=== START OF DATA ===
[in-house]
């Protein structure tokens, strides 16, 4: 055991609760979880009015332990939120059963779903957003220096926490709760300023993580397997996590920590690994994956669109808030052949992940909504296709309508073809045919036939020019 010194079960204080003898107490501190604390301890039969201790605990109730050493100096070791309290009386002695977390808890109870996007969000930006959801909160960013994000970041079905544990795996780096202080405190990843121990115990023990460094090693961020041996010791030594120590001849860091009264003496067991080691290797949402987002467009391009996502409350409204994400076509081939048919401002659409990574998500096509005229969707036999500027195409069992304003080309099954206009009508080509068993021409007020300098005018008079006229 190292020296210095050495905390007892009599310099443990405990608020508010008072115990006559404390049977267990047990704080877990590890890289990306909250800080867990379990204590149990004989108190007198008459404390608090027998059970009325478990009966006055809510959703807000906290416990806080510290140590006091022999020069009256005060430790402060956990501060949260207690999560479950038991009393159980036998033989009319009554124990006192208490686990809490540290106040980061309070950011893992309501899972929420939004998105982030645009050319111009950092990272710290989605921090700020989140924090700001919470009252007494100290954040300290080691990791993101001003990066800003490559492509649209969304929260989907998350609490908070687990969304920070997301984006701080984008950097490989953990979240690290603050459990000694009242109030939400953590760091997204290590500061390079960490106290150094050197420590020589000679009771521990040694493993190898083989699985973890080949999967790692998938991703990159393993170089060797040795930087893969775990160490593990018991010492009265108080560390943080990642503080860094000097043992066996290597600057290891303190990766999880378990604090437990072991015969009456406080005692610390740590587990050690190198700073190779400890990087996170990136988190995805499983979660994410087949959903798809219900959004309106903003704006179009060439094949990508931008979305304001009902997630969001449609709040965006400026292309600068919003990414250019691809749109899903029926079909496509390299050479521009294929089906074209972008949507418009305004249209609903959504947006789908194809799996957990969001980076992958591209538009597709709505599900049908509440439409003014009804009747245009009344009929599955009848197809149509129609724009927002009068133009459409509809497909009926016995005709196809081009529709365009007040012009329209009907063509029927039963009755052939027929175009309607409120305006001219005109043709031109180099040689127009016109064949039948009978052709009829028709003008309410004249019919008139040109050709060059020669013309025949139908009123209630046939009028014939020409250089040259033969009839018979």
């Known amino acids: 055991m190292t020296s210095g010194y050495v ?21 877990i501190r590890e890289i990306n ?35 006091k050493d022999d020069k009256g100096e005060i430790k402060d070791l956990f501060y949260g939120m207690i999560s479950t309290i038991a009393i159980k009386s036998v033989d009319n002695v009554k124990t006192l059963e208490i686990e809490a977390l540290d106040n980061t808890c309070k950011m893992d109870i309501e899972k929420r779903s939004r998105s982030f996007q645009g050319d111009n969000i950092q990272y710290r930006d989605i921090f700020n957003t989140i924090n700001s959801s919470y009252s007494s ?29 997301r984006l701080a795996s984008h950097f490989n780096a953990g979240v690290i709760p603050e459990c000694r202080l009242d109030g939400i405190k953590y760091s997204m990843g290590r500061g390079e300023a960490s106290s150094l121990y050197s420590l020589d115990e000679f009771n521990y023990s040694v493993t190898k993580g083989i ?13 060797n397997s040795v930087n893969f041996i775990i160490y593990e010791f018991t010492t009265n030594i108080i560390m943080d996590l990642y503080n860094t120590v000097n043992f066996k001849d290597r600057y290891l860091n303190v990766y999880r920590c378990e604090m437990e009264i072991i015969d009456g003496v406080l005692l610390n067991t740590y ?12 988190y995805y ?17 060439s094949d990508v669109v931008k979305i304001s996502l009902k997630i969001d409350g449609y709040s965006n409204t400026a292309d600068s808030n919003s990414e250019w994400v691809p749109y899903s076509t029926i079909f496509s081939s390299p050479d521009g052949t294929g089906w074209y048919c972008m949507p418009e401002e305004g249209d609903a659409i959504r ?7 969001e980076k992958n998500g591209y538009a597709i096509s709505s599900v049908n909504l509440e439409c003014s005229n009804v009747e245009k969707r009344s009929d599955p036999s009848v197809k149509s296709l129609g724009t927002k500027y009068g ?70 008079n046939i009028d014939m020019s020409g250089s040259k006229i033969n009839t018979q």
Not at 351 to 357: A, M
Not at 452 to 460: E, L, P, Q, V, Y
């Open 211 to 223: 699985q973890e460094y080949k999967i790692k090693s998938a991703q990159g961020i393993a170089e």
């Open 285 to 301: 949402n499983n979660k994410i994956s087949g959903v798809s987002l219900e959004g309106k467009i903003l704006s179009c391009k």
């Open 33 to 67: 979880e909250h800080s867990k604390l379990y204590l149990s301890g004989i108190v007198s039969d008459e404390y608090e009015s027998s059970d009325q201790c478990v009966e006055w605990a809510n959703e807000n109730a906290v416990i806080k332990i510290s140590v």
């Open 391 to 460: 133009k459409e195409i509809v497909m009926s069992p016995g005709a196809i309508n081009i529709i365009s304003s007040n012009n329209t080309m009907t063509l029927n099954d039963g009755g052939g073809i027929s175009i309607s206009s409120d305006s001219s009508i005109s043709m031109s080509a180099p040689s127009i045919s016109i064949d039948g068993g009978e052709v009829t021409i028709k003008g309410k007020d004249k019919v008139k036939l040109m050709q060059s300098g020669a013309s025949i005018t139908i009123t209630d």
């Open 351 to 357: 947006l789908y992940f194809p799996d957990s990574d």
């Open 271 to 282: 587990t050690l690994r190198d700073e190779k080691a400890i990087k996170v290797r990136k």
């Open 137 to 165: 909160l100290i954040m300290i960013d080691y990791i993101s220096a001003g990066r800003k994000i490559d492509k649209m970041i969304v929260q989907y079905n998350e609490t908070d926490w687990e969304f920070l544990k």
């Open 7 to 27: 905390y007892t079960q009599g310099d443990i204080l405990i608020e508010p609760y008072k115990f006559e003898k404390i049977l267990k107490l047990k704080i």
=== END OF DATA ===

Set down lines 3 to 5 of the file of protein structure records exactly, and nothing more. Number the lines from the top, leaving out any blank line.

């Known amino acids: 055991m190292t020296s210095g010194y050495v ?21 877990i501190r590890e890289i990306n ?35 006091k050493d022999d020069k009256g100096e005060i430790k402060d070791l956990f501060y949260g939120m207690i999560s479950t309290i038991a009393i159980k009386s036998v033989d009319n002695v009554k124990t006192l059963e208490i686990e809490a977390l540290d106040n980061t808890c309070k950011m893992d109870i309501e899972k929420r779903s939004r998105s982030f996007q645009g050319d111009n969000i950092q990272y710290r930006d989605i921090f700020n957003t989140i924090n700001s959801s919470y009252s007494s ?29 997301r984006l701080a795996s984008h950097f490989n780096a953990g979240v690290i709760p603050e459990c000694r202080l009242d109030g939400i405190k953590y760091s997204m990843g290590r500061g390079e300023a960490s106290s150094l121990y050197s420590l020589d115990e000679f009771n521990y023990s040694v493993t190898k993580g083989i ?13 060797n397997s040795v930087n893969f041996i775990i160490y593990e010791f018991t010492t009265n030594i108080i560390m943080d996590l990642y503080n860094t120590v000097n043992f066996k001849d290597r600057y290891l860091n303190v990766y999880r920590c378990e604090m437990e009264i072991i015969d009456g003496v406080l005692l610390n067991t740590y ?12 988190y995805y ?17 060439s094949d990508v669109v931008k979305i304001s996502l009902k997630i969001d409350g449609y709040s965006n409204t400026a292309d600068s808030n919003s990414e250019w994400v691809p749109y899903s076509t029926i079909f496509s081939s390299p050479d521009g052949t294929g089906w074209y048919c972008m949507p418009e401002e305004g249209d609903a659409i959504r ?7 969001e980076k992958n998500g591209y538009a597709i096509s709505s599900v049908n909504l509440e439409c003014s005229n009804v009747e245009k969707r009344s009929d599955p036999s009848v197809k149509s296709l129609g724009t927002k500027y009068g ?70 008079n046939i009028d014939m020019s020409g250089s040259k006229i033969n009839t018979q």
Not at 351 to 357: A, M
Not at 452 to 460: E, L, P, Q, V, Y